LESSONS FROM THE GREAT EXHIBITION 1851
If I have seen further, it is by standing on the shoulders of giants.
What. An. Absolute. Belter. Of. A. Line.
It’s definitely in my top five lines, if not my top three.
The 12th century metaphor of dwarfs standing on the shoulders of giants is a nod to modern day developments, not because we have keener vision or greater height but because of our predecessors’ endeavours.
The problem with standing on the shoulders of giants is that a lot of people often forget what has come before and when you forget, or are unaware, you can overlook some really, really valuable lessons.
And this is so true of the exhibition industry.
It’s easy to dismiss the events and exhibitions of yesteryear as simplistic affairs in comparison to the challenges we tackle in today’s modern industry like fragmented media, complex technology, diminishing margins and the rampant competition.
The fact is they were far from simple and there are examples where we don’t currently stand on shoulders and we are not seeing as far as we could.
For that reason I am taking you back, way back…. 164 years back.
Let’s go to 1851 and The Great Exhibition which took place at Hyde Park, London.
It was a giant of an exhibition that showcased the science and technological brilliance of British industry to the world.
It was an exhibition which to this day casts a long shadow over our modern industry and here are a few 1851 facts to blow your mind:
- It ran for five and a half months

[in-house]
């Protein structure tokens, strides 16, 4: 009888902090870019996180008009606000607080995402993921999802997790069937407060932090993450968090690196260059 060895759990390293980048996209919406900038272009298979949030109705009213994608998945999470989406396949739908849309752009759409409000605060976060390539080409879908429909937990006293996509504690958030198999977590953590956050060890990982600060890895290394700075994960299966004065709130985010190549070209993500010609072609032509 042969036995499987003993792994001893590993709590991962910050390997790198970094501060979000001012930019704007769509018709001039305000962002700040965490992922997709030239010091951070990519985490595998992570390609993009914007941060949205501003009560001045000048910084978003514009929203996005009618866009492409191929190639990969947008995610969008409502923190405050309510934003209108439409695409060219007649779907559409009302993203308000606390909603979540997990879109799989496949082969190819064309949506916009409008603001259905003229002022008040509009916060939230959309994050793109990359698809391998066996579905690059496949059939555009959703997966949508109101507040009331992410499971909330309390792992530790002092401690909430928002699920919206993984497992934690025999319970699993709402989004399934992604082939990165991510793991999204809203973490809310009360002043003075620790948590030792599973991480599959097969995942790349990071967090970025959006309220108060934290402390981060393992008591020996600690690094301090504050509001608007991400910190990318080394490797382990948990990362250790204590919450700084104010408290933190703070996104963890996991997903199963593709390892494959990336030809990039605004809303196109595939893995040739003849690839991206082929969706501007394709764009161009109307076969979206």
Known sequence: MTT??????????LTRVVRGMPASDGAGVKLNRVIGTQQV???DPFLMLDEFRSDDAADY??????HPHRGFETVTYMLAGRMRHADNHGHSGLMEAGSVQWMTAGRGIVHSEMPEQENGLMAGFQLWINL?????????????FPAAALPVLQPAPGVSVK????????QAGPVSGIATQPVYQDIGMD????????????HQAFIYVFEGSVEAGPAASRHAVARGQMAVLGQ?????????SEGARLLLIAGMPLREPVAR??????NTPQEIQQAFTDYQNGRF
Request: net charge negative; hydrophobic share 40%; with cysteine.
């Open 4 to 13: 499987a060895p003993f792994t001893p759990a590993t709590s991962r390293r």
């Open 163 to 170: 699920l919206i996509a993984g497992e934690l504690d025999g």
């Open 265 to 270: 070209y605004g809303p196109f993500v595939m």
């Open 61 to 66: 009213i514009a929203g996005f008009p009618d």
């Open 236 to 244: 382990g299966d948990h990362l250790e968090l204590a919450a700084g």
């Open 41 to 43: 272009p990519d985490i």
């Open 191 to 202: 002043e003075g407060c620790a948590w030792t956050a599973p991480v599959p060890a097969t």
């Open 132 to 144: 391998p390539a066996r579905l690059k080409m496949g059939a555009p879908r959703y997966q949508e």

- There was no suitable venue so the original Crystal Palace was built within Hyde Park to accommodate it.
- It was attended by more than 6 million people – a third of the British population at the time
- It had 13,000 exhibitors from more than 28 countries
- It is seen as the birthplace of the telegraph, vulcanised rubber, public toilets, the fax machine, and bizarrely The America’s Cup
But here’s the rub….these facts don’t make it a giant. What I about to explain, does.
The Exhibition was led by Prince Albert who was a real innovator of his generation and a forward-thinker – evidence below.
Prince Albert had the foresight to make the exhibition go far beyond its five and half-month tenancy and managed to triple-lock its legacy within commercial British science and technology.
The Prince set up a body called “The Royal Commission 1851’ which was focused on future development of British technology in the face of European competition.
You know how we struggle to make our exhibitions go beyond the tenancy and talk a good game about communities and tech and engagement?
Well these guys nailed it years ago.
You see, they took the profits of the exhibition and invested them perpetually in two main areas.
Firstly, they purchased 96 acres in South Kensington and established the core of the Science, Art and History Museums that currently occupy the space and to this day the Commission remains the landlord.
That’s just not realistic for the modern organiser but the next investment could be.
Secondly, they set up an annual scholarship system to support graduates and young scientists develop their ideas for future innovation and creativity in British industry.
The £2million scholarship opens up again next month as it has done every year for more than a hundred and twenty years…
That’s right – a hundred and twenty years.
Let that sink in.
And how’s this for a legacy fact – thirteen Nobel laureates have received scholarships from The Commission…
Now that’s an giant exhibition shoulder to stand on…
I wonder whether modern day exhibition organisers could triple-lock their legacy through a 365-exhibitor project?
I think so.
You may not….but surely it’s worth a punt, right?
Hook us up 😉
Jim heads up Exhibitor Smarts, which is a specialist exhibitor agency working alongside organisers and suppliers to maximise exhibitor revenue.
If you want more information about the Exhibitor Smarts please visit our website at www.exhibitorsmarts.com
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Image thanks to Game of Thrones Wikia!